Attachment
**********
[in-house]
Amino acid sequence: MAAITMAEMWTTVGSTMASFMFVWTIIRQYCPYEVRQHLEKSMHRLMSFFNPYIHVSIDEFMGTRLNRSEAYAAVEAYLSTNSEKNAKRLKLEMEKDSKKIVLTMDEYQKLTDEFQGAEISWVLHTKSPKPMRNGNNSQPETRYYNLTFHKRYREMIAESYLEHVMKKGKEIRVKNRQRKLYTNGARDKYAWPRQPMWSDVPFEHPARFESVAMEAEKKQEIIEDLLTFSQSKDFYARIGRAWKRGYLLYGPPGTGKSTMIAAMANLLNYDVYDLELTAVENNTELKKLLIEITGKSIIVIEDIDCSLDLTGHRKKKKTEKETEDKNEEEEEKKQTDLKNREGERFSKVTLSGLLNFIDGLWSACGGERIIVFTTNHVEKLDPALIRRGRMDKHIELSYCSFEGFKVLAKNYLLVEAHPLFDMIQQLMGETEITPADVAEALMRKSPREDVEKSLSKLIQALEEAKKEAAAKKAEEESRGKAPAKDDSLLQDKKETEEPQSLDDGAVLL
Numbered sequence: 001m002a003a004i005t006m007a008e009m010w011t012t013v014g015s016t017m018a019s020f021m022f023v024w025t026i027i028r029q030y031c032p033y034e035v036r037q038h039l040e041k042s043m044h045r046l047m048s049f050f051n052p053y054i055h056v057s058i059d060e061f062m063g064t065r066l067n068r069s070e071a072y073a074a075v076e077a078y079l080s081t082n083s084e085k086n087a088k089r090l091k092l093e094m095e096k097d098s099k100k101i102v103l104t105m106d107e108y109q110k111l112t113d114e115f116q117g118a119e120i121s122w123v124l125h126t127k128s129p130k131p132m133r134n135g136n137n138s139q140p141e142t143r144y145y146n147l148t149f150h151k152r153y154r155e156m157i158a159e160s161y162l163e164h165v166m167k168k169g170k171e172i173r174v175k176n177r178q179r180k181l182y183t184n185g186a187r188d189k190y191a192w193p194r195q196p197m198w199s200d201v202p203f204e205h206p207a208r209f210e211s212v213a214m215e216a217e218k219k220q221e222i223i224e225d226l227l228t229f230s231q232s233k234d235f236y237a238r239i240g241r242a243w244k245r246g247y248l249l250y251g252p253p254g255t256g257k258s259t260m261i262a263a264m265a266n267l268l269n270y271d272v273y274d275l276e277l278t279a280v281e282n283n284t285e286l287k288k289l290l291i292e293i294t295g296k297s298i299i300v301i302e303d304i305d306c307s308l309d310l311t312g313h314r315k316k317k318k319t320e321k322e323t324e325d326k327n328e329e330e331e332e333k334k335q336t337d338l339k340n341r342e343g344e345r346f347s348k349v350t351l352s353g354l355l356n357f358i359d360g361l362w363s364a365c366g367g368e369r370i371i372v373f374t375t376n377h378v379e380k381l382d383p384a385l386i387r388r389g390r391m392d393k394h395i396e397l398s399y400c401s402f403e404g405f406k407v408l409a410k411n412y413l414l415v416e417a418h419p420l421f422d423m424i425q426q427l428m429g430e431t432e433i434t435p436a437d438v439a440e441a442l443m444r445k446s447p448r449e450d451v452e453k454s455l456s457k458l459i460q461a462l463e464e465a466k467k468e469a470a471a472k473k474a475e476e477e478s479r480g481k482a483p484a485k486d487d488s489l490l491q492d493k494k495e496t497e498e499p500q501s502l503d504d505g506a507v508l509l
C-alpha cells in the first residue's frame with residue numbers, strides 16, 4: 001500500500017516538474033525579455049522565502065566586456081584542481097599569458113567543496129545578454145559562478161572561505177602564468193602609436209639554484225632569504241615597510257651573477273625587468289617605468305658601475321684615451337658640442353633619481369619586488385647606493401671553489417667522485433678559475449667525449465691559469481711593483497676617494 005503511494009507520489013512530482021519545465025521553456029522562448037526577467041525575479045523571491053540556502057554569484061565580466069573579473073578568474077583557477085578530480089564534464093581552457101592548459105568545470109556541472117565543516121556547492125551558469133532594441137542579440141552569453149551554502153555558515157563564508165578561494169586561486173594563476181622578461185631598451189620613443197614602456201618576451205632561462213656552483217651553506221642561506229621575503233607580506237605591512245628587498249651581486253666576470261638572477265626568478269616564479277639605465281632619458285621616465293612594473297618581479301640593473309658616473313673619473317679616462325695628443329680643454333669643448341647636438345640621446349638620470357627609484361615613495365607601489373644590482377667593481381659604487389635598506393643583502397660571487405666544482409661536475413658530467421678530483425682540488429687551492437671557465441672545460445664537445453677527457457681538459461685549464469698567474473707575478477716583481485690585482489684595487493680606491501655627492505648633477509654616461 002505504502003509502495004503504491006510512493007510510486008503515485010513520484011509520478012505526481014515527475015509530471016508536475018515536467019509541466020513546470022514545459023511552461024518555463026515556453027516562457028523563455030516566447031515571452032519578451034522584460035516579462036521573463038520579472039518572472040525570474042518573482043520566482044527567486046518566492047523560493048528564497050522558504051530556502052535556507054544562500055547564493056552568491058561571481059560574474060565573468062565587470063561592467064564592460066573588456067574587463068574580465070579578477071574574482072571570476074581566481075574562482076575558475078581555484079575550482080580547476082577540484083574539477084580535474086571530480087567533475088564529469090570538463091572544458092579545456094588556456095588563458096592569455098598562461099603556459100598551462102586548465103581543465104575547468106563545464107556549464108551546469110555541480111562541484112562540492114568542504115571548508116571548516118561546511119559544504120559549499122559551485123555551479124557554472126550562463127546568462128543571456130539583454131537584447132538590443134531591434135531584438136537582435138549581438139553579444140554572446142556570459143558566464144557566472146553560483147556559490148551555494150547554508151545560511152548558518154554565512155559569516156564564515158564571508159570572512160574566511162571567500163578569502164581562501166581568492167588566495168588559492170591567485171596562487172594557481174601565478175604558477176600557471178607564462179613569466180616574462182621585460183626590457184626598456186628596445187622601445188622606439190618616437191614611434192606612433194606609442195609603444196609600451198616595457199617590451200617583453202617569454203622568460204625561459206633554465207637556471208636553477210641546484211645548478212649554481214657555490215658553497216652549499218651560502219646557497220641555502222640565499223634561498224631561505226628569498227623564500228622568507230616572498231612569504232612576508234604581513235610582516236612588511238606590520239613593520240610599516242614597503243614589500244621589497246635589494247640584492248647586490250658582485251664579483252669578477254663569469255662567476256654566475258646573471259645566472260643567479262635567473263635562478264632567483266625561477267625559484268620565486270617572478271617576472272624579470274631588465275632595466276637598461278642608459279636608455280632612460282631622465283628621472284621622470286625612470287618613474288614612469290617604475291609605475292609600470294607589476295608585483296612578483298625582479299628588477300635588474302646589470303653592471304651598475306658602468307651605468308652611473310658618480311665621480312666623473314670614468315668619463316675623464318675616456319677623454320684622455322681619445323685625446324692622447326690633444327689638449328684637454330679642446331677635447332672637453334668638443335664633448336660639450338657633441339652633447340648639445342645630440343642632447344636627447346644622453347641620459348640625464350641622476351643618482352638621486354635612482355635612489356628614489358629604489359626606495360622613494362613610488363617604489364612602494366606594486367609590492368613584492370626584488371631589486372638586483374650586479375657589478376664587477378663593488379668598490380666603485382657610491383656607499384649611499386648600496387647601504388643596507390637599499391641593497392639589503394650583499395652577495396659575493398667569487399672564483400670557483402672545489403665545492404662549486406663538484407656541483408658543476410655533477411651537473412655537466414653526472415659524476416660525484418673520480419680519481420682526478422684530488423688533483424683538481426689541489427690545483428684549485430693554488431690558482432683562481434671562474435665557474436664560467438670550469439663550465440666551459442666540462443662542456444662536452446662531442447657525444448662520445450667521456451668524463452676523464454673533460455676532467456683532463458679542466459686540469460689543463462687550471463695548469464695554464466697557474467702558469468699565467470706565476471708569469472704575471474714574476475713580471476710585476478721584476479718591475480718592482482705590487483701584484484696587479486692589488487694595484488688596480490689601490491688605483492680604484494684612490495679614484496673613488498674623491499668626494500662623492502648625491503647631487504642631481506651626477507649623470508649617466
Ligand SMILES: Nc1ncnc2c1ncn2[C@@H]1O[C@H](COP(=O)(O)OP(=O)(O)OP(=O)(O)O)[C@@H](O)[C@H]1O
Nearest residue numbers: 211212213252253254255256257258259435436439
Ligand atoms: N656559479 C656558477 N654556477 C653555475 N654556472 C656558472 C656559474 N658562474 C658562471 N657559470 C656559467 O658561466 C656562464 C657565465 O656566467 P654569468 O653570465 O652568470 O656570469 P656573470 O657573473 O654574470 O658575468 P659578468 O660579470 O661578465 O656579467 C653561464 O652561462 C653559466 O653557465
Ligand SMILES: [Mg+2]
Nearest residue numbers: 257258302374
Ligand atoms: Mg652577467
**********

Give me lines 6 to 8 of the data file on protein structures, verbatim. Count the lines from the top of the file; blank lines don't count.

Nearest residue numbers: 211212213252253254255256257258259435436439
Ligand atoms: N656559479 C656558477 N654556477 C653555475 N654556472 C656558472 C656559474 N658562474 C658562471 N657559470 C656559467 O658561466 C656562464 C657565465 O656566467 P654569468 O653570465 O652568470 O656570469 P656573470 O657573473 O654574470 O658575468 P659578468 O660579470 O661578465 O656579467 C653561464 O652561462 C653559466 O653557465
Ligand SMILES: [Mg+2]